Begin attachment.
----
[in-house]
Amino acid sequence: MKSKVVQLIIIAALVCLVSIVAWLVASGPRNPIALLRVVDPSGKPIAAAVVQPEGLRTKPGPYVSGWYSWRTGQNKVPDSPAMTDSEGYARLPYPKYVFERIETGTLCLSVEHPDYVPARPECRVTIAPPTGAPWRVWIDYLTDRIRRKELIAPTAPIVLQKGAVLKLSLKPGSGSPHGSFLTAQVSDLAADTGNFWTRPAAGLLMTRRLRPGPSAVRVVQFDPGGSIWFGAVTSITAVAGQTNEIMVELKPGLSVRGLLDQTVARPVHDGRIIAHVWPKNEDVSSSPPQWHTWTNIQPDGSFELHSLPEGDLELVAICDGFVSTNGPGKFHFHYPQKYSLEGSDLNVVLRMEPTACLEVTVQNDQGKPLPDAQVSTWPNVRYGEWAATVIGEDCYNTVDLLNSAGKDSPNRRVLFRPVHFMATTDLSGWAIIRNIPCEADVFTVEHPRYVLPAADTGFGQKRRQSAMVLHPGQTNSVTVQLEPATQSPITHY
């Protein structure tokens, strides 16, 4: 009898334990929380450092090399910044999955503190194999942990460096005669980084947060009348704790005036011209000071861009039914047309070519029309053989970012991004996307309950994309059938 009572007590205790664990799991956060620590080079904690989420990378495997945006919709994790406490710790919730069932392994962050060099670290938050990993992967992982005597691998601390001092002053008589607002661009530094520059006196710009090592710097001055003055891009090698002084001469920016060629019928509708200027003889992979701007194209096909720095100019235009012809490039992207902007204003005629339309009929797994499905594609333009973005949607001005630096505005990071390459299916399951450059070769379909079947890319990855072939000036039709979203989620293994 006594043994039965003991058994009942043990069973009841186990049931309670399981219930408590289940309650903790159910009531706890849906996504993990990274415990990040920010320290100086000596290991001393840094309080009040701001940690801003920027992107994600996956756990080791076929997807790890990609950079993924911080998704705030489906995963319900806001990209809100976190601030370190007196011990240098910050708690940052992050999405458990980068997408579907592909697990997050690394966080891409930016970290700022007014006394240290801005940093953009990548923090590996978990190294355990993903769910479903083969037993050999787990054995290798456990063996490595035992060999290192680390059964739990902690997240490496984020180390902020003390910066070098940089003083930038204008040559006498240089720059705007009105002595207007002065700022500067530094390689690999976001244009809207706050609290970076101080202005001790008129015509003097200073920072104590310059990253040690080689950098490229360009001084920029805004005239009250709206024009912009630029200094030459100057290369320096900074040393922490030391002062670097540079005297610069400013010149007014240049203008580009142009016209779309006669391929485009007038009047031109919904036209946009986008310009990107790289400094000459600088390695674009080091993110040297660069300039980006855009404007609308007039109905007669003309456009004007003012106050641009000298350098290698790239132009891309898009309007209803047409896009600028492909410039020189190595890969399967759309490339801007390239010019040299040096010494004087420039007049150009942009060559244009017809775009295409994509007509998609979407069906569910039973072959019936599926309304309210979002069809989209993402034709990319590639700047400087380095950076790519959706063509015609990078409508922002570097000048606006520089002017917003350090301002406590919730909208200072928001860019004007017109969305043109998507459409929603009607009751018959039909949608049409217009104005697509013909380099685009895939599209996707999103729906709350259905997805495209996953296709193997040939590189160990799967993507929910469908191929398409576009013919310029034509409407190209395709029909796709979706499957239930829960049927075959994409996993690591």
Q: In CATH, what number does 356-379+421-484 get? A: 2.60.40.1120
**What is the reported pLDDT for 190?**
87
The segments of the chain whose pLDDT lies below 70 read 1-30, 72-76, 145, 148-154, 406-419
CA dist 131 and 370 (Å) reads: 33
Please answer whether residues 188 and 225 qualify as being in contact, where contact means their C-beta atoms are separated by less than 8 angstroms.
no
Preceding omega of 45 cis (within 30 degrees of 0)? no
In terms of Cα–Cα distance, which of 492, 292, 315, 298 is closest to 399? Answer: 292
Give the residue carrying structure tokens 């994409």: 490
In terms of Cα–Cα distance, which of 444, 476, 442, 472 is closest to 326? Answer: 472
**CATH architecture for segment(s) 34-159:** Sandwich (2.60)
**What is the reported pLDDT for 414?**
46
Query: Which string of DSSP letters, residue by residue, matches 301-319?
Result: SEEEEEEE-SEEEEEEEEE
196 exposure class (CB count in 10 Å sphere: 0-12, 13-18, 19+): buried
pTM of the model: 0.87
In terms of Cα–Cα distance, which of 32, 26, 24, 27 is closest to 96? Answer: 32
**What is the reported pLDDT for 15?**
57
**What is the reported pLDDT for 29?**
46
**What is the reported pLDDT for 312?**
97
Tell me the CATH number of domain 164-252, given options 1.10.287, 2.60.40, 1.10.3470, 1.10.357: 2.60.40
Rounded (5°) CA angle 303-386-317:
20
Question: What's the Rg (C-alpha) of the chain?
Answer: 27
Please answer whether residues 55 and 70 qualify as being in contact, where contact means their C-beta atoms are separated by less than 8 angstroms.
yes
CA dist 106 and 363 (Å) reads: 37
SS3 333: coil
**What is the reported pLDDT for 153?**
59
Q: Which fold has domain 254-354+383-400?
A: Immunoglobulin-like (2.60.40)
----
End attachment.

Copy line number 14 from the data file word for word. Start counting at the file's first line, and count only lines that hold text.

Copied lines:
In terms of Cα–Cα distance, which of 444, 476, 442, 472 is closest to 326? Answer: 472